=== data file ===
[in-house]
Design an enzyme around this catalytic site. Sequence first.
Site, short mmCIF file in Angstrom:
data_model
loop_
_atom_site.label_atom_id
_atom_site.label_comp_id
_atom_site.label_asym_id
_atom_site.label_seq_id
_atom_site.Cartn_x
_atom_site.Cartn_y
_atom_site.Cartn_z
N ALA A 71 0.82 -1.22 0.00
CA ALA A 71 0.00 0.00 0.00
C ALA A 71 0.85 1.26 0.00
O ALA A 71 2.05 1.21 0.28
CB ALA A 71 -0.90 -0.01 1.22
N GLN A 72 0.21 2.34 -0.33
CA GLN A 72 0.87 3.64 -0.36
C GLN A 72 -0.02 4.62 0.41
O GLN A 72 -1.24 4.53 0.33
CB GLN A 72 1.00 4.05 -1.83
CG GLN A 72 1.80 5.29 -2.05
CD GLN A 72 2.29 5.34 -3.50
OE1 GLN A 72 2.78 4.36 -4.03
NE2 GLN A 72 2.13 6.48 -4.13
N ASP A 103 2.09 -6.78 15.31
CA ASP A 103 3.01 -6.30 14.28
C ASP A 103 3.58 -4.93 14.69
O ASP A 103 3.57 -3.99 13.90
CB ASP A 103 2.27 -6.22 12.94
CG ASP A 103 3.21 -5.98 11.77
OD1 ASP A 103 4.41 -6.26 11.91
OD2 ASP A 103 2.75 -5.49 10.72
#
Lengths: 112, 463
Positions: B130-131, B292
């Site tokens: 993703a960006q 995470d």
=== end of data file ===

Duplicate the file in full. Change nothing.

[in-house]
Design an enzyme around this catalytic site. Sequence first.
Site, short mmCIF file in Angstrom:
data_model
loop_
_atom_site.label_atom_id
_atom_site.label_comp_id
_atom_site.label_asym_id
_atom_site.label_seq_id
_atom_site.Cartn_x
_atom_site.Cartn_y
_atom_site.Cartn_z
N ALA A 71 0.82 -1.22 0.00
CA ALA A 71 0.00 0.00 0.00
C ALA A 71 0.85 1.26 0.00
O ALA A 71 2.05 1.21 0.28
CB ALA A 71 -0.90 -0.01 1.22
N GLN A 72 0.21 2.34 -0.33
CA GLN A 72 0.87 3.64 -0.36
C GLN A 72 -0.02 4.62 0.41
O GLN A 72 -1.24 4.53 0.33
CB GLN A 72 1.00 4.05 -1.83
CG GLN A 72 1.80 5.29 -2.05
CD GLN A 72 2.29 5.34 -3.50
OE1 GLN A 72 2.78 4.36 -4.03
NE2 GLN A 72 2.13 6.48 -4.13
N ASP A 103 2.09 -6.78 15.31
CA ASP A 103 3.01 -6.30 14.28
C ASP A 103 3.58 -4.93 14.69
O ASP A 103 3.57 -3.99 13.90
CB ASP A 103 2.27 -6.22 12.94
CG ASP A 103 3.21 -5.98 11.77
OD1 ASP A 103 4.41 -6.26 11.91
OD2 ASP A 103 2.75 -5.49 10.72
#
Lengths: 112, 463
Positions: B130-131, B292
């Site tokens: 993703a960006q 995470d």